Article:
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|LETTERS TO EDITOR
|Year : 2018 | Volume
| Issue : 6 | Page : 1800-1802
Adult post-varicella small vessel vaculopathy mimicking hypertensive basal ganglia haemorrhage with coexisting infarcts
Kamble J Harsha1, K Parameswaran2
1 Department of Neuroimaging and Endovascular Neurosurgery, Indo-American Hospital: Brain and Spine Centre, Vaikom, Kerala, India
2 Department of Neurology, Indo-American Hospital: Brain and Spine Centre, Vaikom, Kerala, India
|Date of Web Publication||28-Nov-2018|
Dr. Kamble J Harsha
Department of Neuroimaging and Endovascular Neurosurgery, Indo-American Hospital: Brain and Spine Centre, Chemmanakary - 686 143, Vaikom, Kerala
Source of Support: None, Conflict of Interest: None
|How to cite this article:|
Harsha KJ, Parameswaran K. Adult post-varicella small vessel vaculopathy mimicking hypertensive basal ganglia haemorrhage with coexisting infarcts. Neurol India 2018;66:1800-2
|How to cite this URL:|
Harsha KJ, Parameswaran K. Adult post-varicella small vessel vaculopathy mimicking hypertensive basal ganglia haemorrhage with coexisting infarcts. Neurol India [serial online] 2018 [cited 2022 May 26];66:1800-2. Available from: https://www.neurologyindia.com/text.asp?2018/66/6/1800/246293
Virus-induced vasculopathies are an uncommon but increasingly recognized causative factors for the development of stroke and transient ischemic attack in children and adults. Varicella zoster, human immunodeficiency virus (HIV), and cytomegalovirus are the commonly associated viruses with stroke. While primary varicella infection is a common cause of neurological manifestations in children, secondary reactivation of varicella-zoster is common in immunocompromised adults. Both small and large vessels are involved, commonly resulting in cerebral ischemia or infarct. Rarely, subarachnoid hemorrhage, with or without an intraparenchymal component, is reported. We report a rare case of adult post-varicella vasculopathy involving small vessels resulting in a coexisting infarct as well as basal ganglia haemorrhage that mimicked the manifestations of a hypertensive bleed.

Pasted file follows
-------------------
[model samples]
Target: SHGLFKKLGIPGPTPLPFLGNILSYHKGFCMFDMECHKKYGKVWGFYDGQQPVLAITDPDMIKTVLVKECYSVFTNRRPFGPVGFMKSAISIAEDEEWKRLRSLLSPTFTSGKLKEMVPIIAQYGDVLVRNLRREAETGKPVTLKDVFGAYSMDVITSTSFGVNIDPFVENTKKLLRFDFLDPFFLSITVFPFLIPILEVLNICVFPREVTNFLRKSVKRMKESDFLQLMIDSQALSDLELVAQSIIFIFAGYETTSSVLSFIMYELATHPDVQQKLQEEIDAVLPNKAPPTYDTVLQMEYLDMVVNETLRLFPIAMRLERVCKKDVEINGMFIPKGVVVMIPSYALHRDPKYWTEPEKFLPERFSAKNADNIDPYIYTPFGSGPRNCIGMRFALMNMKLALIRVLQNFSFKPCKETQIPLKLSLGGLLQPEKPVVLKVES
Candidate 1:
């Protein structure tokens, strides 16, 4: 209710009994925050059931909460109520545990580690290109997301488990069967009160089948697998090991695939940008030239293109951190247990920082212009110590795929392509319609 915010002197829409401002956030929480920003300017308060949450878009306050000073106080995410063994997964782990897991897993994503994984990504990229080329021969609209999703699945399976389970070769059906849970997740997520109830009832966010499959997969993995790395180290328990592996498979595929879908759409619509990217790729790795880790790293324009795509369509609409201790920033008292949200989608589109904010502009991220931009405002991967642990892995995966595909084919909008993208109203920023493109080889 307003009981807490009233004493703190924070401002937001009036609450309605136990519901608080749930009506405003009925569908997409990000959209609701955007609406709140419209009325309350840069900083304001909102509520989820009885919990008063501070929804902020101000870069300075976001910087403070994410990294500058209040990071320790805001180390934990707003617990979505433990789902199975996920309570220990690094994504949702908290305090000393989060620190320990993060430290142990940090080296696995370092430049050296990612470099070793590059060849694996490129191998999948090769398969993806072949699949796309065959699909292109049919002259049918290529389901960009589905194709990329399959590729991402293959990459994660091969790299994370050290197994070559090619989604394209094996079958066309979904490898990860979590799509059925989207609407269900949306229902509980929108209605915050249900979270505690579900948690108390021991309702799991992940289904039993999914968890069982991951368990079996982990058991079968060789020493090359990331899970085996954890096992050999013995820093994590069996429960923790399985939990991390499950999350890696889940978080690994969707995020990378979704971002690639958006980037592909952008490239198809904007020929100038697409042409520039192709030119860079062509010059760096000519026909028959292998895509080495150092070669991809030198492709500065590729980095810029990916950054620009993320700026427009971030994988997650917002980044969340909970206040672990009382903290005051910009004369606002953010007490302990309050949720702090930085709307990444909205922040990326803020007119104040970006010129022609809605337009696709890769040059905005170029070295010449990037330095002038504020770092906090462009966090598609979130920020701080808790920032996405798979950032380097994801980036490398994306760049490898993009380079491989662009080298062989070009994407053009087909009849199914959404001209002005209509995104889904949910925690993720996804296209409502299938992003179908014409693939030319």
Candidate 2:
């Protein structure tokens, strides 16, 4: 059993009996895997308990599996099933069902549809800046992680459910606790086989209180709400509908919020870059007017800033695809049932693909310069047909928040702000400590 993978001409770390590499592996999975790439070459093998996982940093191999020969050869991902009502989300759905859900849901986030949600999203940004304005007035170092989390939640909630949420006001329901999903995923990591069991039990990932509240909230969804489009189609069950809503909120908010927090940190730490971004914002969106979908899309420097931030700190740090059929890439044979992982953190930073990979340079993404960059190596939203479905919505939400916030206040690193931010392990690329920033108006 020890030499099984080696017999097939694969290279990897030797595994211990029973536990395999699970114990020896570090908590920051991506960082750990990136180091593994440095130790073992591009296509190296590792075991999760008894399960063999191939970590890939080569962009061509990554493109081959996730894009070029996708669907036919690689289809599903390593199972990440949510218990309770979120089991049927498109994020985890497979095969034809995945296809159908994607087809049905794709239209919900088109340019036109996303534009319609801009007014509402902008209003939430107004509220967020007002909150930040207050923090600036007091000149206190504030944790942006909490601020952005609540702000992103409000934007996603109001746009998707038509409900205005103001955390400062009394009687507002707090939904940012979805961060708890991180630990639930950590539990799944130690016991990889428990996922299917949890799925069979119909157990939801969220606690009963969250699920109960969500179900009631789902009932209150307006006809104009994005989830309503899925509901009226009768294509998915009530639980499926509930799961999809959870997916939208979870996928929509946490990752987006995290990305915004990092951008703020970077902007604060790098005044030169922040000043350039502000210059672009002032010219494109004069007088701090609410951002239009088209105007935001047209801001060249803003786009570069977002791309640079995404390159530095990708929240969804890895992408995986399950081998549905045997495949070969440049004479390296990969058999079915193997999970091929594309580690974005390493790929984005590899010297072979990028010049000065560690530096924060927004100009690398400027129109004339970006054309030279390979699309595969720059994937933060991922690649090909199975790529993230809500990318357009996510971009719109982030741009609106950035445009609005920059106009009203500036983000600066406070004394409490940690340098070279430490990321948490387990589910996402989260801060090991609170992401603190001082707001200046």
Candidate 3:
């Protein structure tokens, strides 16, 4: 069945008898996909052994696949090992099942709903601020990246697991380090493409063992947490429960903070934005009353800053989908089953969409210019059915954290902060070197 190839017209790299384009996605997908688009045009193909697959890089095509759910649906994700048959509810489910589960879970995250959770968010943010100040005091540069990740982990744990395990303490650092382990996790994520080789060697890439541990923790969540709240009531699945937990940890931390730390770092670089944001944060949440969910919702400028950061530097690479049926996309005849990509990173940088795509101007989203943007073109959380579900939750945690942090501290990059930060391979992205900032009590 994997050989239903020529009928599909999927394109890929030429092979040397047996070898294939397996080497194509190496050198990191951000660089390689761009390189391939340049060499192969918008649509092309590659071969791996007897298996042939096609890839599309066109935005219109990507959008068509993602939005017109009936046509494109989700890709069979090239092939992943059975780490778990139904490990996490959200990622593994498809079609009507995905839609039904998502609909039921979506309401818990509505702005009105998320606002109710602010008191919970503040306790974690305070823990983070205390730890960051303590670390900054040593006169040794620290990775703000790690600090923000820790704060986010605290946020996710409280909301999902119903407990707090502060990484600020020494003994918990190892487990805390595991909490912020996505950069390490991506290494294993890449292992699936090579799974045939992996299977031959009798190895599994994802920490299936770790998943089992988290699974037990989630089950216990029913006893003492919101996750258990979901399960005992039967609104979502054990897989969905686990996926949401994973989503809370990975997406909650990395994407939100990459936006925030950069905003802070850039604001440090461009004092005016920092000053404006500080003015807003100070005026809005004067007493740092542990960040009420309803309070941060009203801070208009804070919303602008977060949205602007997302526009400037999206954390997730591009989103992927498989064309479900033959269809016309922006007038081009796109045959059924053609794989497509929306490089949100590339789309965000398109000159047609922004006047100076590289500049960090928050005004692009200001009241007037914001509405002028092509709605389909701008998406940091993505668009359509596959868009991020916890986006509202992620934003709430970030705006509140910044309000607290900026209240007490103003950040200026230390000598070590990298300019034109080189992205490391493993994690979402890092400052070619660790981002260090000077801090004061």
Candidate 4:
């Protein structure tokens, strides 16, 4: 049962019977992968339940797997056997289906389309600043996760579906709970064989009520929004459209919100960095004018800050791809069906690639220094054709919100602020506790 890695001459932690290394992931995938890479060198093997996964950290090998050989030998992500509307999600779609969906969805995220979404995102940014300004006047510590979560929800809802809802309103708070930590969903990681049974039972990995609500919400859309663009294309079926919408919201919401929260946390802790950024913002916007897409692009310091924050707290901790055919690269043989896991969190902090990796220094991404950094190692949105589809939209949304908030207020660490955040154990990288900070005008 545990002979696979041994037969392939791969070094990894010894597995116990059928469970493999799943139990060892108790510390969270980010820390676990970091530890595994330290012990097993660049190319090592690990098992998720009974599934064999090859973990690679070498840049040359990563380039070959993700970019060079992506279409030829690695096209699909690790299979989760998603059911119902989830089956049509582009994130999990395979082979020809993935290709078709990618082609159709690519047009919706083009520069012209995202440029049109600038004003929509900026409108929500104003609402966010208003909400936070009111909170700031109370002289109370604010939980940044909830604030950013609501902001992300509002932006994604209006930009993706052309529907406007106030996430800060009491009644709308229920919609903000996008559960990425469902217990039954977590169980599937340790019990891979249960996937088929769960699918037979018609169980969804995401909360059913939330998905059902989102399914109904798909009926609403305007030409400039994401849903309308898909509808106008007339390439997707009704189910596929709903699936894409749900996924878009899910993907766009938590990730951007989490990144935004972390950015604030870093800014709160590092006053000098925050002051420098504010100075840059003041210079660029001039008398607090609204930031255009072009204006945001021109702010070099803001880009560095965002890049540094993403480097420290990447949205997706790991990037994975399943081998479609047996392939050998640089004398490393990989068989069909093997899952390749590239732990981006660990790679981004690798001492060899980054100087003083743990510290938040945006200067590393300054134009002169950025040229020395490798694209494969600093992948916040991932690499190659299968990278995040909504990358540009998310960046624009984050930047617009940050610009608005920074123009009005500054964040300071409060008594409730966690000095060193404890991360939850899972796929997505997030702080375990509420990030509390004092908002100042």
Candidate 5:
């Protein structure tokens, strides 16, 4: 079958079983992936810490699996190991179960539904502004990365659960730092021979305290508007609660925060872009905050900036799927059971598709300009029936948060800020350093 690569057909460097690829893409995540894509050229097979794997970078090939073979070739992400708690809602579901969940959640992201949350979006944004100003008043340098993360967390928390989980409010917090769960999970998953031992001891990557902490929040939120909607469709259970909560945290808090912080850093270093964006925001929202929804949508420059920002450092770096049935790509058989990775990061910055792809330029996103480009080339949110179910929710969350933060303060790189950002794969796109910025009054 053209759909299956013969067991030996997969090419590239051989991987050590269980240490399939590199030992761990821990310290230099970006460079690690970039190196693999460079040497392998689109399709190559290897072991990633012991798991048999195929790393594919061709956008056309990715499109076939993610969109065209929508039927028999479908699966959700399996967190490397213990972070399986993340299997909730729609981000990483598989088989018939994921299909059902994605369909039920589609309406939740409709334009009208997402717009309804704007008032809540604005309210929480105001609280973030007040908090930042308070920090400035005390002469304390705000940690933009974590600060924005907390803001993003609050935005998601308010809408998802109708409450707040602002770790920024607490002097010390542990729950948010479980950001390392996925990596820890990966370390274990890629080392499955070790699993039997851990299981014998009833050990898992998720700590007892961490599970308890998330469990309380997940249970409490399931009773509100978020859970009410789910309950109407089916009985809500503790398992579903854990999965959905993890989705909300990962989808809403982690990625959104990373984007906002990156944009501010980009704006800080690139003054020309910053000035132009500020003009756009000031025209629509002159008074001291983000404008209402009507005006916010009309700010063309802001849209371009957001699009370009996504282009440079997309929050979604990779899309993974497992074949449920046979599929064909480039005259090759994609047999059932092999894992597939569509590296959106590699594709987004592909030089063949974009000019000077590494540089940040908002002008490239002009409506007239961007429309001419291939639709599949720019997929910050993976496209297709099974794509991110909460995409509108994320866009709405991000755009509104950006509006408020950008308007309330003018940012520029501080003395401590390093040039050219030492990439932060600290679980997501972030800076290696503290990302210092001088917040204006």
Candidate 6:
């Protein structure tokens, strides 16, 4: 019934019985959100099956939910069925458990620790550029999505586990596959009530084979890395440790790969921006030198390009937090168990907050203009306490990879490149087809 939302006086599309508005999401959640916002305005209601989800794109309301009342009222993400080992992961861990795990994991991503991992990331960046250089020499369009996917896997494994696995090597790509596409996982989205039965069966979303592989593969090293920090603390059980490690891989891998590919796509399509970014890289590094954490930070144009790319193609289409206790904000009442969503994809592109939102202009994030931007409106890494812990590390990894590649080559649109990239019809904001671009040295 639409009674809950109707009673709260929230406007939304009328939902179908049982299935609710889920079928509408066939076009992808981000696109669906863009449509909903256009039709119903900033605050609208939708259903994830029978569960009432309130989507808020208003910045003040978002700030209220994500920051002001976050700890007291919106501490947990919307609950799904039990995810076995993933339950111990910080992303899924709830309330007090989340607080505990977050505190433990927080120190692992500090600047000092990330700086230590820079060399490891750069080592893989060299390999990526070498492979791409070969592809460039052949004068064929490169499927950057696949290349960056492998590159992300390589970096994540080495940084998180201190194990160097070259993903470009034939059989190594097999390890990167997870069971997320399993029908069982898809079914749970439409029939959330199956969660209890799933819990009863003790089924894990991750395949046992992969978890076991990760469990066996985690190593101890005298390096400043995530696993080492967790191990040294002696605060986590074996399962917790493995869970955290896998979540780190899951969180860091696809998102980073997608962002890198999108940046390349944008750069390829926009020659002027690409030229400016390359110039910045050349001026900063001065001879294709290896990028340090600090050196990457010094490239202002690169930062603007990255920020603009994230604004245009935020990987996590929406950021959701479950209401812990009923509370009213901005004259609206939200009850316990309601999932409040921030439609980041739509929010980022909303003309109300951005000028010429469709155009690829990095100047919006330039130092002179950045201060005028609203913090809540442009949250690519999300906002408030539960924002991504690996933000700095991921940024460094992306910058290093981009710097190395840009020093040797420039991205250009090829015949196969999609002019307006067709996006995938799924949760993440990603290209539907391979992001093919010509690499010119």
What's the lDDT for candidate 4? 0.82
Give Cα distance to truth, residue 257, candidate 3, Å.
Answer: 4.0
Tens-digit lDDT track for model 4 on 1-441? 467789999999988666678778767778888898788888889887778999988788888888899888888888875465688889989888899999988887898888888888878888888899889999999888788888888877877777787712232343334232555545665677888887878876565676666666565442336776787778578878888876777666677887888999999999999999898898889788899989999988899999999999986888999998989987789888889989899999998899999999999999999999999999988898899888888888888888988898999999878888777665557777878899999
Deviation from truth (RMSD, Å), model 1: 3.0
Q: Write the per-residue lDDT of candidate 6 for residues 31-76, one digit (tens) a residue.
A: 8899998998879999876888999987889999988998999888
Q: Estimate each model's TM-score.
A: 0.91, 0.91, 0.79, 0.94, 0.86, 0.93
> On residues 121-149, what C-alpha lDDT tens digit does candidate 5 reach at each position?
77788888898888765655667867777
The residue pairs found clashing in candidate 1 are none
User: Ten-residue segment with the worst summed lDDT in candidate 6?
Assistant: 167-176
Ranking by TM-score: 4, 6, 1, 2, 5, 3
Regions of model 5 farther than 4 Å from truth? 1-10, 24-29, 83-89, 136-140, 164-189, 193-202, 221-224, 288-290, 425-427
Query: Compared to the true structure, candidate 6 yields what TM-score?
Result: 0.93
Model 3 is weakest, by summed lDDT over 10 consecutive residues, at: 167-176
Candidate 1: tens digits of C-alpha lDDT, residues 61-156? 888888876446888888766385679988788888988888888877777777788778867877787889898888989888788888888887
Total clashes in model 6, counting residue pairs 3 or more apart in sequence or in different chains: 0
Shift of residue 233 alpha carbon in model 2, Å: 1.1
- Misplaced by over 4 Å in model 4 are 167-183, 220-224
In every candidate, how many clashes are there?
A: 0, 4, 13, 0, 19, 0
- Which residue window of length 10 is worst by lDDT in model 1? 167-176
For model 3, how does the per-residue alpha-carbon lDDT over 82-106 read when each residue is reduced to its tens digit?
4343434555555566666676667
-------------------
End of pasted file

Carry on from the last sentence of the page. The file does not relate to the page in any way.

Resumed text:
A 30-year-old male patient presented with a history of sudden onset of severe headache, left-sided weakness, slurring of speech, and facial deviation to the right side. He was taken to a local hospital and computed tomography (CT) scan was performed. The diagnosis of right basal ganglia bleed was established. His initial medical management was performed in the local hospital and then he was referred to our centre for further management. He and his younger sister, aged 25 years, had a history of chickenpox 1month prior to the ictus, which was uneventful.
His blood pressure was elevated at the time of ictus; however, when he came to our hospital, after 20 days of ictus, his blood pressure was normal. He had no past history of hypertension or diabetes mellitus. Both the patient and his sister were having the typical, multiple small-scars associated with hyperpigmention at sites corresponding to the previous varicella rash on the face and trunk. His neurological examination revealed left hemiparesis with left-sided mild facial palsy. He had significant improvement in the weakness from the itme of ictus until his presentation to our hospital. His blood investigations revealed normal total leucocyte count with mild neutrophilia and an erythrocyte sedimentation rate of 25 mm/h; his human immunodeficiency virus test was negative. His platelet count, prothrombin time and activated partial thromboplastin time were normal. His magnetic resonance imaging (MRI) showed a subacute intraparenchymal hematoma in the right external capsule-putaminal region [Figure 1] a, [Figure 1] b, [Figure 1] c, [Figure 1]d. An acute infarct was seen involving the right lentiform nucleus and caudate nucleus [Figures 1e andf]. Contrast MRI with a dedicated protocol to look for large-vessel wall enhancement was negative for vasculitis [Figure 1]g,[Figure 1]h,[Figure 1]i. Another acute lacunar infarct was seen in the right cerebral peduncle [Figure 1]j,[Figure 1]k,[Figure 1]l. Time-of-flight MR angiography revealed a mild diffuse attenuation of the right M1 segment of the middle cerebral artery, possibly due to mass effect from the hematoma or edema. Rest of the intracranial arteries were normal in calibre. Digital subtraction angiogram (DSA) was suggested; however, the patient was reluctant to undergo the invasive procedure due to his improving clinical condition. He was admitted and medically managed along with neurorehabiliatation. A short course of steroids and acyclovir injections were given with the presumptive diagnosis of small-vessel varicella vasculitis. He showed significant improvement in his symptoms, became ambulant over a period of 25 days. He showed further improvement in his neurological condition after a month's follow-up.